The first of Josh Allen's two chances this year to show NFL scouts what he can do against a defense from a Power Five conference didn't go well for the Wyoming quarterback.
Iowa smothered the Cowboys in a 24-3 home win Saturday as Allen completed 23 of 40 passes for just 174 yards and a pair of interceptions. Allen is considered one of the top prospects in college football, and returned to Wyoming as a fourth-year junior after an agonizing decision to pass on entering the 2017 NFL Draft.
Allen's struggles were interspersed with the occasional throw that showed why NFL scouts are intrigued by his talent. He completed some impressive out routes from the opposite hash mark that flashed his arm strength. He also got no real help from his running game (30 for 59) and was victimized by a young receiving corps that often couldn't get open and dropped too many passes.
Make no mistake, however, Allen wasn't on his game, either. Both interceptions were poor decisions by Allen, and he couldn't attack the middle of the field with any sustained success.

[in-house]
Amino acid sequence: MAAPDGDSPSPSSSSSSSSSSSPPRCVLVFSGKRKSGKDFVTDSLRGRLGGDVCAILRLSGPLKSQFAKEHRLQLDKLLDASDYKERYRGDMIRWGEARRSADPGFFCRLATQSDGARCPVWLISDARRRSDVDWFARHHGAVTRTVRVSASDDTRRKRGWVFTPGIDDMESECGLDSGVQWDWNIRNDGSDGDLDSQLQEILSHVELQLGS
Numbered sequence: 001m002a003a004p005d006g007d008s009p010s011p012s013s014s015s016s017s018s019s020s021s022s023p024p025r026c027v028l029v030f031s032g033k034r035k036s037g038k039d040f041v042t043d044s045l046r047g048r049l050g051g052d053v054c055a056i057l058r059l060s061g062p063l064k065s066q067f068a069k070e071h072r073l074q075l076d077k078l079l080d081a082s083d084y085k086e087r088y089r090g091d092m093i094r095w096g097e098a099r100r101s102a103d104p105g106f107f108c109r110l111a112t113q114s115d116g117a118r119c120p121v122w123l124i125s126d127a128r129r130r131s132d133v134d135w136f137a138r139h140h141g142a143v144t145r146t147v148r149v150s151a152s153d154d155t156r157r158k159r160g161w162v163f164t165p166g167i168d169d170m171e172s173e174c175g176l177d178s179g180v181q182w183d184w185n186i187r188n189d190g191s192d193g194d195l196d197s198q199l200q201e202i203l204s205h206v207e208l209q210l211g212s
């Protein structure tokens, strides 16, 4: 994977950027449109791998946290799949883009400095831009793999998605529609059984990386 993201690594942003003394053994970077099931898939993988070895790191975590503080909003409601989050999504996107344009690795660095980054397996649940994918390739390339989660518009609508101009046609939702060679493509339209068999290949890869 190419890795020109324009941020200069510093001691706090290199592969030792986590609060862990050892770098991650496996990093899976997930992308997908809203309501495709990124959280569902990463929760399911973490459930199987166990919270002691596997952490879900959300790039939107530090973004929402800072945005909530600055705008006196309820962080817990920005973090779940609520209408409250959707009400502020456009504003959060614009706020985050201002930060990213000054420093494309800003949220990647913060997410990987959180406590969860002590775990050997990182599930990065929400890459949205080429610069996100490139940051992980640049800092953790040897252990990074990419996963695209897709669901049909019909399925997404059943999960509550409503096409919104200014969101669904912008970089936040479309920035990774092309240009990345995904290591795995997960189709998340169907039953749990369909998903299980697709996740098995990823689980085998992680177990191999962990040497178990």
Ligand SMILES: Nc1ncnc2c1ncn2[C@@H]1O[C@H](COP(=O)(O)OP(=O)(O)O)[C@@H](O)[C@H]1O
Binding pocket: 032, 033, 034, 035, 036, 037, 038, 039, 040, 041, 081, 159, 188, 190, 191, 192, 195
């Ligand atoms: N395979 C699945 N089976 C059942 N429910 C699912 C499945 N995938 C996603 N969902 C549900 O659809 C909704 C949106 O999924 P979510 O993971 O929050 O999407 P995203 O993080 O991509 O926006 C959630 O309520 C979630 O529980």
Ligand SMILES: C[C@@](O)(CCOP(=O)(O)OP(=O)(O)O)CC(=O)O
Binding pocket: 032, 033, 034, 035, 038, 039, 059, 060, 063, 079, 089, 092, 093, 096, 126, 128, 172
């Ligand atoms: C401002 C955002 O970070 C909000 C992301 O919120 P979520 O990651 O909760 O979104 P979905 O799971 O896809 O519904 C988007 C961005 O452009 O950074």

One third-quarter pass illustrated the quarterback's frustrating afternoon. Trailing 21-3, Allen stepped up in the pocket on a play-action pass and threw a strike in the end zone to C.J. Johnson -- perhaps Allen's best throw of the day -- but Johnson bobbled the would-be 36-yard TD pass through the back of the end zone for an incompletion. Wyoming subsequently missed a field goal.
Earlier in the quarter, with a second-and-3 from the Iowa 49, Allen was victimized by back-to-back drops by his receivers, both on short passes toward the sideline, to force one of seven Cowboys punts on the day. The second of those drops was thrown a bit behind the receiver, but was still a catchable ball.
NFL.com analyst Daniel Jeremiah's summer scouting report on Allen revealed a quarterback who needs development and forces too many throws, but one who has major upside. In two weeks, Wyoming will play host to Oregon in what will be Allen's last game against a Power Five opponent in the regular season.